An oft-overlooked fact about the third-generation Supra is that Toyota initially slated it for release in the early 1986 model year, but production delays pushed it back to May 1986. This meant that there were actually two wholly different Supras available in the same model year, so the MK III Supra used the 1986.5 model year designation for clarity.
It was with the third-generation model that the world finally started to recognize the Supra was one of Toyota’s best works. The version lasted for a little over five years, quickly becoming one of the most sought-after Japanese sports cars in the market at that time.
Click past the jump to read more about the 1986.5 - 1992 Toyota Supra.
**Note** Our software does not recognize half model years, so please do not hate us in the comments because we listed this as a "1986" model in the title.
The relative success of the first-generation Supra left Toyota with a huge task on its hands. It wasn’t enough to just build on the popularity of the sports car; the company had to exceed it with the new version. So in a lot of ways, the second-generation Supra was created to make sure that it wasn’t a flash-in-the-pan model.
The model ran from 1982 to 1986 and in that time, the Supra evolved and underwent a handful of changes, resulting in the model that cemented the Supra’s place in history as one of Toyota’s finest sports cars.
In the North American market, the second generation Supra, which was still known as the Celica XX in Japan, came in two different versions: Performance Type (P-Type) and Luxury Type (L-Type). Both versions were roughly identical to each other, except for some noticeable changes to the aesthetics and the available technology contained in the models.
The success of the second-generation Toyota Supra turned a lot of people into fans of the sports car, elevating its stature in the eyes of many as one of the best sports cars of its time. It even caught the attention of Motor Trend and Car and Driver, two magazines that awarded the Supra with their own honors, including MT’s "Import Car of the Year" and Car and Driver’s "Top Ten Best List" in 1983 and 1984.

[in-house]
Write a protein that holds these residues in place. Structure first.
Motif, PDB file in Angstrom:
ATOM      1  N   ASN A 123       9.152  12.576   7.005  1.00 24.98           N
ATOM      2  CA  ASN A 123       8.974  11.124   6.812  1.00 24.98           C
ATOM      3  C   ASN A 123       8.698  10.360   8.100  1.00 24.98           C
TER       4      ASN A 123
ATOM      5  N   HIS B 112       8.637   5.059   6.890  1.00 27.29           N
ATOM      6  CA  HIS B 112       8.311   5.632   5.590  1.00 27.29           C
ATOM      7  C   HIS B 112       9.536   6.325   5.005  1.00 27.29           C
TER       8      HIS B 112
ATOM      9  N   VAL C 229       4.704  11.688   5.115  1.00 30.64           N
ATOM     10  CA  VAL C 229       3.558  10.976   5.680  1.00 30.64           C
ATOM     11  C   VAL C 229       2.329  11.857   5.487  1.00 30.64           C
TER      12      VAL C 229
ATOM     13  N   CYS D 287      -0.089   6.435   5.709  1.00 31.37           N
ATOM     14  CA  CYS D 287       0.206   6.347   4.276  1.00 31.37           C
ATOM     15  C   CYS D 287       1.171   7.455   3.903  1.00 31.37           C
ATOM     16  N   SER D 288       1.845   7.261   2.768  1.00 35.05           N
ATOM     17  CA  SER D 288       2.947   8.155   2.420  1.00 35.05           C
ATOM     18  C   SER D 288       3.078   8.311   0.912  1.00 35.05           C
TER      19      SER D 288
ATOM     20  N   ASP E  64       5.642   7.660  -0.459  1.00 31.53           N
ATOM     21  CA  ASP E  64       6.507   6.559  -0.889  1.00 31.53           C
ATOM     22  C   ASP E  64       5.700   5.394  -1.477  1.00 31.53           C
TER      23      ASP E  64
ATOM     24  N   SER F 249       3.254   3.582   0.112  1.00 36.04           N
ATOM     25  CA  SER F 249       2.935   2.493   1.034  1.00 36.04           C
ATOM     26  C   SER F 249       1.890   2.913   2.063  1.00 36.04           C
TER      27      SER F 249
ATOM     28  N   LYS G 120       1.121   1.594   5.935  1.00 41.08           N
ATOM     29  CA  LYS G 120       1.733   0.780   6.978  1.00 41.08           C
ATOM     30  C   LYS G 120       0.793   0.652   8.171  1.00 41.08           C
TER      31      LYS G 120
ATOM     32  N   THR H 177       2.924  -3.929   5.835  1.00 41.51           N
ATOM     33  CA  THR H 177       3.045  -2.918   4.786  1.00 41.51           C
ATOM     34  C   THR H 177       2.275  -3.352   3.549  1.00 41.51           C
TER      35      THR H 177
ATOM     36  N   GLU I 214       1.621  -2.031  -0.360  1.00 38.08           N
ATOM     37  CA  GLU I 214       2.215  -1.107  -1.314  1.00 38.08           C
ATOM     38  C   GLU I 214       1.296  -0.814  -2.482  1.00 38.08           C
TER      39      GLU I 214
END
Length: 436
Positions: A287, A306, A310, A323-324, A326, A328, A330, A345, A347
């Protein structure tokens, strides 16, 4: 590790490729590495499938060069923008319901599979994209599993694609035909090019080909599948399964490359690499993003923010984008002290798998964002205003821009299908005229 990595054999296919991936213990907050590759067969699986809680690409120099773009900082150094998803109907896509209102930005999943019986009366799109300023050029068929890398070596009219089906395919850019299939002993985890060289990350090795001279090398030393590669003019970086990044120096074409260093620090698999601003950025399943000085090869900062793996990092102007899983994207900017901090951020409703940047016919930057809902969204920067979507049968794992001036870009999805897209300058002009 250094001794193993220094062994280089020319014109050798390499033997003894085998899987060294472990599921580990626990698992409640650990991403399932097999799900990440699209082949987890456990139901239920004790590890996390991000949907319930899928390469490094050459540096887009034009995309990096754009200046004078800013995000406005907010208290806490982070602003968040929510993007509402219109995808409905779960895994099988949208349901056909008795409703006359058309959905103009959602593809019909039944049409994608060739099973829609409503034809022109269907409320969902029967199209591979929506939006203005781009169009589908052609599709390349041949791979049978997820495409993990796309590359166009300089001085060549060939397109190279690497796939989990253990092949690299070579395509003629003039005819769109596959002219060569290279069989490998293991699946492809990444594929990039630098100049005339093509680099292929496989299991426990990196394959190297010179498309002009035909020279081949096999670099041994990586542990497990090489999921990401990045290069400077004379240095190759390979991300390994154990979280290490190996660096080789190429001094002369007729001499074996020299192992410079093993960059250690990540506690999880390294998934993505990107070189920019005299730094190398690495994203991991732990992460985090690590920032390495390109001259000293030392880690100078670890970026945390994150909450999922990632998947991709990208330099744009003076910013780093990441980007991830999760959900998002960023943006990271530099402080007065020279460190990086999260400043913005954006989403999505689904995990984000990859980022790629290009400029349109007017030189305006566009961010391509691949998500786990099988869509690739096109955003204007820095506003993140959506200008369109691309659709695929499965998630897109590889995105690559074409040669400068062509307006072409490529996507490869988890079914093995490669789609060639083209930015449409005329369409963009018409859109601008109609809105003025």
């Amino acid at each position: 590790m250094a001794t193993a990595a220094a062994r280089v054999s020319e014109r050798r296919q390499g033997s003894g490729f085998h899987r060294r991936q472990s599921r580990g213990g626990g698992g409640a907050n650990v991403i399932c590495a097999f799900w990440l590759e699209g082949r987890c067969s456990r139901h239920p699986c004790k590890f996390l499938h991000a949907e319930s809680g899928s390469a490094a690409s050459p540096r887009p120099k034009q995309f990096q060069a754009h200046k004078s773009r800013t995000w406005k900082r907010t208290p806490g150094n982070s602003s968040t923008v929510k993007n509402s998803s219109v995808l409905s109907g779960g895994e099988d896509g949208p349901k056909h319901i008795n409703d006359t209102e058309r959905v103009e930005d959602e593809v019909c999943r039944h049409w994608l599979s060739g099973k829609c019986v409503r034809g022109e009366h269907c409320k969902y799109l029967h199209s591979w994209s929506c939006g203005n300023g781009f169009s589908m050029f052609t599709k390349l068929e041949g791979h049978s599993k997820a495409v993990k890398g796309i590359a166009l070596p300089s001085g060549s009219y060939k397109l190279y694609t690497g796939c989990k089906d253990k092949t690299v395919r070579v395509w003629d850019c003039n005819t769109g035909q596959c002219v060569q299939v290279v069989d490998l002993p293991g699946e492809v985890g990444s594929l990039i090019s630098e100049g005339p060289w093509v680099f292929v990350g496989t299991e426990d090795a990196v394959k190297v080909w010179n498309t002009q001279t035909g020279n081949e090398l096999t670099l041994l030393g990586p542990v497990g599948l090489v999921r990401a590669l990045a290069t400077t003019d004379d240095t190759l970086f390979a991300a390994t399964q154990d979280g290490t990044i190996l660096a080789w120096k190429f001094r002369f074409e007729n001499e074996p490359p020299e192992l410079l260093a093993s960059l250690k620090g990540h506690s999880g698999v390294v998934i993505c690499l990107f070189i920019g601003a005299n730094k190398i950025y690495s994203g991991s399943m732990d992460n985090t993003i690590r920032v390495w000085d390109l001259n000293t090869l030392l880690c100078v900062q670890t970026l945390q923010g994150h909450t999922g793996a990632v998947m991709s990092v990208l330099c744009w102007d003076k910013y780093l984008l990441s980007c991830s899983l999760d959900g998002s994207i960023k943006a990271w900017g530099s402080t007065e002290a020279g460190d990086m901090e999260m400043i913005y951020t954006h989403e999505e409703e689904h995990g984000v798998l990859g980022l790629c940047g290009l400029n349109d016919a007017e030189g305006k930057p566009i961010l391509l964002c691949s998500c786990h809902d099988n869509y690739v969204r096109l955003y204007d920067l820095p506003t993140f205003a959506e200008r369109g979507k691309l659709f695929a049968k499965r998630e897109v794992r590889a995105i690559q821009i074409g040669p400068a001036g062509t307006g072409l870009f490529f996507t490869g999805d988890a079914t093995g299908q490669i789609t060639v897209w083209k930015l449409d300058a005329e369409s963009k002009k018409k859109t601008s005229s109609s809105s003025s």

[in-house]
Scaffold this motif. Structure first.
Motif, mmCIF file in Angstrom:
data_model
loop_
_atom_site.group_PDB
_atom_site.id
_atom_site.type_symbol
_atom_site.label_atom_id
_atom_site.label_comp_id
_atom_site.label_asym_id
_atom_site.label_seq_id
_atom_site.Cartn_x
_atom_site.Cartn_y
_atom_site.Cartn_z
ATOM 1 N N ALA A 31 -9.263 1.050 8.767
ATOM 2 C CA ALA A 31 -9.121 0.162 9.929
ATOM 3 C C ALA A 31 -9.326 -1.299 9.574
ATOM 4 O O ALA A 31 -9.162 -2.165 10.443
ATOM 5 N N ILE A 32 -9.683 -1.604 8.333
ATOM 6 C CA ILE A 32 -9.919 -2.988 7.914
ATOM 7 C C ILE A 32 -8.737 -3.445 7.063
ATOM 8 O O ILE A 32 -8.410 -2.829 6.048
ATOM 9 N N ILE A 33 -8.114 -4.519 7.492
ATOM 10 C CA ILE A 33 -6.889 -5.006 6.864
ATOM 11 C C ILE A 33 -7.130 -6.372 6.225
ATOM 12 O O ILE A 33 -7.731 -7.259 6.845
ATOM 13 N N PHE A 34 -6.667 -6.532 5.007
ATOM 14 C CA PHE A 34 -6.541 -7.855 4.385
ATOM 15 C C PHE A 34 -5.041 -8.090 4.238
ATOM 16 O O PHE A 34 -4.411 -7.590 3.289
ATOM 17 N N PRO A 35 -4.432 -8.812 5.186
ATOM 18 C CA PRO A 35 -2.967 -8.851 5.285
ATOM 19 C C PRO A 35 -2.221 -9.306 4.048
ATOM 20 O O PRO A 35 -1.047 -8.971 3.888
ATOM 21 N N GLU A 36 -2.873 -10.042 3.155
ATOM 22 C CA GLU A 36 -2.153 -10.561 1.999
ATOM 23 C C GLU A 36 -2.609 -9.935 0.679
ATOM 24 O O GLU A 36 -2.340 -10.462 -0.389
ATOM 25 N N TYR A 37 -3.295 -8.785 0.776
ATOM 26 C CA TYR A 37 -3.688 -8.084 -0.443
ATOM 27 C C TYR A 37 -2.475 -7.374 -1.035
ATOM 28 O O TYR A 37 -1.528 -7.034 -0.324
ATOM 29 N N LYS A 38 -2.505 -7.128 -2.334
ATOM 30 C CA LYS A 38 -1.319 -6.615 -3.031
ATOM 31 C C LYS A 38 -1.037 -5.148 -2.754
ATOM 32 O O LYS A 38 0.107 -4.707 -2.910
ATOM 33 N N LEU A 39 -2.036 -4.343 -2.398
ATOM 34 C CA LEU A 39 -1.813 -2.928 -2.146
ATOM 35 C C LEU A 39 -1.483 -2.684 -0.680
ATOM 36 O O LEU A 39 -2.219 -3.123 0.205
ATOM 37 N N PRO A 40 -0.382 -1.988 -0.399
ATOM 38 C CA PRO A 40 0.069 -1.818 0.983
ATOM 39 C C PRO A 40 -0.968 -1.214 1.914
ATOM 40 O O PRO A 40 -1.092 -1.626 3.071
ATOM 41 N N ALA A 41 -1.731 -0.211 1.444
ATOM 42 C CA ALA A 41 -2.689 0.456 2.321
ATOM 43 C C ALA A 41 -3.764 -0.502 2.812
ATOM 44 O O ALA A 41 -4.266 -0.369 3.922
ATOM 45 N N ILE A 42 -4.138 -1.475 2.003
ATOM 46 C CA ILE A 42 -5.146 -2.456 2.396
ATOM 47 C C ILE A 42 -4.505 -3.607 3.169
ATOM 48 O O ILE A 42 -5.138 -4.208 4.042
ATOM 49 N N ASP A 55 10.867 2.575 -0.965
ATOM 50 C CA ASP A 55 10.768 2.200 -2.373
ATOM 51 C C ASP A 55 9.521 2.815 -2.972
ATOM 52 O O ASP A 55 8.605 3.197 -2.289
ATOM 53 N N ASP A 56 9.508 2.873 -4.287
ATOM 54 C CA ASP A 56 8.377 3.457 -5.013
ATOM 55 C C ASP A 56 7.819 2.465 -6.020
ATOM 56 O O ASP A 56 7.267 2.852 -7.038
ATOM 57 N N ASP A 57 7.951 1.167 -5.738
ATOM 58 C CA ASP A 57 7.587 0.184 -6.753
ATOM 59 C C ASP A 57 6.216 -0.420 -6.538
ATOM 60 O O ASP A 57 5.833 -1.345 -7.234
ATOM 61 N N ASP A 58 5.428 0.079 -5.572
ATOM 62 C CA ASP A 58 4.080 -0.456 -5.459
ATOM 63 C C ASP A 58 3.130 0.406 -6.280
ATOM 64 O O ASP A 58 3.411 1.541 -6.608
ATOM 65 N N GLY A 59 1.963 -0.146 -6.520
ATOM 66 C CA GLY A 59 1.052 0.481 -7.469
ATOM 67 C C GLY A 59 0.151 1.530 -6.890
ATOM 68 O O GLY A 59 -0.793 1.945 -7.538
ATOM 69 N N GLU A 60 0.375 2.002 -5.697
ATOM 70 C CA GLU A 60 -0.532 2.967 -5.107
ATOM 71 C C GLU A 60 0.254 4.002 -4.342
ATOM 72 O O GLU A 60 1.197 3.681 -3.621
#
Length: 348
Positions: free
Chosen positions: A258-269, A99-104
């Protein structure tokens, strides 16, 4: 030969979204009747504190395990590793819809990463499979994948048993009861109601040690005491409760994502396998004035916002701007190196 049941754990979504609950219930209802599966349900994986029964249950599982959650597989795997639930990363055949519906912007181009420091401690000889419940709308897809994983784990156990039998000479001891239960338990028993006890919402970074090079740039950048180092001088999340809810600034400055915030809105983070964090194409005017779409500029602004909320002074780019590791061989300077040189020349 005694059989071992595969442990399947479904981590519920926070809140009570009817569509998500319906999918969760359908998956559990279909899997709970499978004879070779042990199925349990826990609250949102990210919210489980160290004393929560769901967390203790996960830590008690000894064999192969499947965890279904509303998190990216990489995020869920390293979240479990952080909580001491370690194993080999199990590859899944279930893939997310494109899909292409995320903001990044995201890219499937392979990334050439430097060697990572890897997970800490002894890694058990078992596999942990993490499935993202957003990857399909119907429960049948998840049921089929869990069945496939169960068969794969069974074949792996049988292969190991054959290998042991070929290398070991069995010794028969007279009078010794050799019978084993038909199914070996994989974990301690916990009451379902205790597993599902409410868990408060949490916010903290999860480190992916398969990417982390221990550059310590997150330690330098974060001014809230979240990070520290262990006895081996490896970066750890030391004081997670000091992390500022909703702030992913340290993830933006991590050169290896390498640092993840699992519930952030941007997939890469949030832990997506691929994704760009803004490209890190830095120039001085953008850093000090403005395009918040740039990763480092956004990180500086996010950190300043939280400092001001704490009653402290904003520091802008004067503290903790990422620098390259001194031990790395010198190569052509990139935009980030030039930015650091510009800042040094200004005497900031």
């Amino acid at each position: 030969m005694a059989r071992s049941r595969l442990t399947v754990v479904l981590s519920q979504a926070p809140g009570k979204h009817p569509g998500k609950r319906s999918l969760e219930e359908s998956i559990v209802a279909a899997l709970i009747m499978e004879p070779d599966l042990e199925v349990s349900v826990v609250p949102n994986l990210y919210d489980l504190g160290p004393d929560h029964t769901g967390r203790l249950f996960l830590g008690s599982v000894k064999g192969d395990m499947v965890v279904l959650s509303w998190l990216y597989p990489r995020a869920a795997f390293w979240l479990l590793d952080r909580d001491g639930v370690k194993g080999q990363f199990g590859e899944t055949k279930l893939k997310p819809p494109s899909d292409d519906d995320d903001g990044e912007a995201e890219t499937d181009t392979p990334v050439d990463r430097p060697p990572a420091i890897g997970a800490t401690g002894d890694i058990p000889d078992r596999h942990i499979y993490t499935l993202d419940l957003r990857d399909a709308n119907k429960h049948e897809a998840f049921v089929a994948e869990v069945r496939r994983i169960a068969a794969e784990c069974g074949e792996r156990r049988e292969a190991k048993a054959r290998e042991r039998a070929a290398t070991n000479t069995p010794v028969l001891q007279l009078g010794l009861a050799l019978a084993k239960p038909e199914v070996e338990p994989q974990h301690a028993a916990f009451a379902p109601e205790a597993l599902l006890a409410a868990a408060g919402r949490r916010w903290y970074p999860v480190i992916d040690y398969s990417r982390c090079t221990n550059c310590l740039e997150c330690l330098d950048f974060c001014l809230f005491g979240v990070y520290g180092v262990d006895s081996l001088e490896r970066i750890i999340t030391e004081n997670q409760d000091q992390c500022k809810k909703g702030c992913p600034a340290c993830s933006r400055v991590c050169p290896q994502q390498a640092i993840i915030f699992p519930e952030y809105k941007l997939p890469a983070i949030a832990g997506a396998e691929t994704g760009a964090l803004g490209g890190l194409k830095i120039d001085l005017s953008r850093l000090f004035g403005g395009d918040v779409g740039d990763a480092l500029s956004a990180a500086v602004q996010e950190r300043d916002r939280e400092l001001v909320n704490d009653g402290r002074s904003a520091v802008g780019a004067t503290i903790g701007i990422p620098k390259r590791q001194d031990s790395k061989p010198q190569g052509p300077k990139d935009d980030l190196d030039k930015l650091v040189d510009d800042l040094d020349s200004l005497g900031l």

Click past the jump to read more about the 1982 - 1986 Toyota Supra.
Back in the the 1970’s, the Celica was fighting the good sports car fight for Toyota as rival models, particularly the Nissan 240Z, burst into the scene. But it wasn’t until the latter part of that decade when Toyota decided to ramp up its efforts in the sports car market. That’s when the Toyota Supra was born. Based on the Celica until its third incarnation, the Supra became the sports car Toyota put up against some of the best its rivals had to offer. It’s popularity grew to such great lengths that the Japanese automaker even created a new logo just for the Supra.
The Toyota Supra may no longer exist and even with reports of its revival bubbling in the surface for years now, we can always look fondly at the first-generation Supra and say "that’s where it all began."
Click past the jump to read more about the 1979 - 1981 Toyota Supra.
When Toyota launched its FT-1 concept, the entire industry stood up and took notice of this new sports car. After further investigation, nearly all of us media folk drew a direct line between the new concept and the eventual return of the legendary Supra. We took the initiative to create a rendering of an FT-1-based Supra back in February, and what good is a new supra without the removable targa top that the model was known for having? So we are now adding a rendering of the convertible Supra to our repertoire today.
Once we created the coupe version of the our Supra rendering, the convertible version was pretty simple. All we needed to do was eliminate the center section of the roof, flatten out the rear section of the roof and add a frame just above the windshield. We also had to take some time to add in some seats to give it a more realistic look.
Just like with the coupe version of the Supra, converting the convertible model required revising the nose to lose that wild, F1-like nose, add more traditional headlights, smoothen out some of the air intakes and add on a more Supra-like rear spoiler.
I suspect that the convertible version will arrive about a year after the Supra coupe.
Click past the jump to read more about the 2016 Toyota Supra Convertible.